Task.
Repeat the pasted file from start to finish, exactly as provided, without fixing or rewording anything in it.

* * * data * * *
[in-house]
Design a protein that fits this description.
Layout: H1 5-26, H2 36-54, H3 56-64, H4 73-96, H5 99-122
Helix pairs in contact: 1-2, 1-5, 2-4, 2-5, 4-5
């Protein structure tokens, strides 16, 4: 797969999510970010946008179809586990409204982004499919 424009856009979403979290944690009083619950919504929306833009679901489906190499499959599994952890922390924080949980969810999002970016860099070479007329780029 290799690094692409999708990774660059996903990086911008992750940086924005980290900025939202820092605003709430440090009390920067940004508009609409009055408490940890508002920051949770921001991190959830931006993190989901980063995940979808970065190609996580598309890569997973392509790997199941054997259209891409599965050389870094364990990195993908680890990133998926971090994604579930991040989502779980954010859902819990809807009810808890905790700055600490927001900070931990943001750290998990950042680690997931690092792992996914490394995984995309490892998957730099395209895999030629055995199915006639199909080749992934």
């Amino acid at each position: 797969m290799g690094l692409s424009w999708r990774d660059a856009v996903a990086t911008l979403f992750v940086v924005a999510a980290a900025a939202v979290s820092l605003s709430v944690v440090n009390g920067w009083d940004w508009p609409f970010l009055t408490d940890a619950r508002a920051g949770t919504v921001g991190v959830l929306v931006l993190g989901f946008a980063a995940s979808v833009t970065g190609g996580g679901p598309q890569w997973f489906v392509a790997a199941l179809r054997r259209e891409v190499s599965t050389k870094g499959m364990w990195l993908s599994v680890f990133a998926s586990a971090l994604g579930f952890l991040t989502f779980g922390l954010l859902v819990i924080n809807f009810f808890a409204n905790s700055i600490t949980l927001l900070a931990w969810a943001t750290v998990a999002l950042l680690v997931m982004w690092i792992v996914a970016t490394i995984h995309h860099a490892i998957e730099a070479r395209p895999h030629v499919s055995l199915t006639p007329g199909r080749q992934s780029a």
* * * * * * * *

[in-house]
Design a protein that fits this description.
Layout: H1 5-26, H2 36-54, H3 56-64, H4 73-96, H5 99-122
Helix pairs in contact: 1-2, 1-5, 2-4, 2-5, 4-5
């Protein structure tokens, strides 16, 4: 797969999510970010946008179809586990409204982004499919 424009856009979403979290944690009083619950919504929306833009679901489906190499499959599994952890922390924080949980969810999002970016860099070479007329780029 290799690094692409999708990774660059996903990086911008992750940086924005980290900025939202820092605003709430440090009390920067940004508009609409009055408490940890508002920051949770921001991190959830931006993190989901980063995940979808970065190609996580598309890569997973392509790997199941054997259209891409599965050389870094364990990195993908680890990133998926971090994604579930991040989502779980954010859902819990809807009810808890905790700055600490927001900070931990943001750290998990950042680690997931690092792992996914490394995984995309490892998957730099395209895999030629055995199915006639199909080749992934």
């Amino acid at each position: 797969m290799g690094l692409s424009w999708r990774d660059a856009v996903a990086t911008l979403f992750v940086v924005a999510a980290a900025a939202v979290s820092l605003s709430v944690v440090n009390g920067w009083d940004w508009p609409f970010l009055t408490d940890a619950r508002a920051g949770t919504v921001g991190v959830l929306v931006l993190g989901f946008a980063a995940s979808v833009t970065g190609g996580g679901p598309q890569w997973f489906v392509a790997a199941l179809r054997r259209e891409v190499s599965t050389k870094g499959m364990w990195l993908s599994v680890f990133a998926s586990a971090l994604g579930f952890l991040t989502f779980g922390l954010l859902v819990i924080n809807f009810f808890a409204n905790s700055i600490t949980l927001l900070a931990w969810a943001t750290v998990a999002l950042l680690v997931m982004w690092i792992v996914a970016t490394i995984h995309h860099a490892i998957e730099a070479r395209p895999h030629v499919s055995l199915t006639p007329g199909r080749q992934s780029a």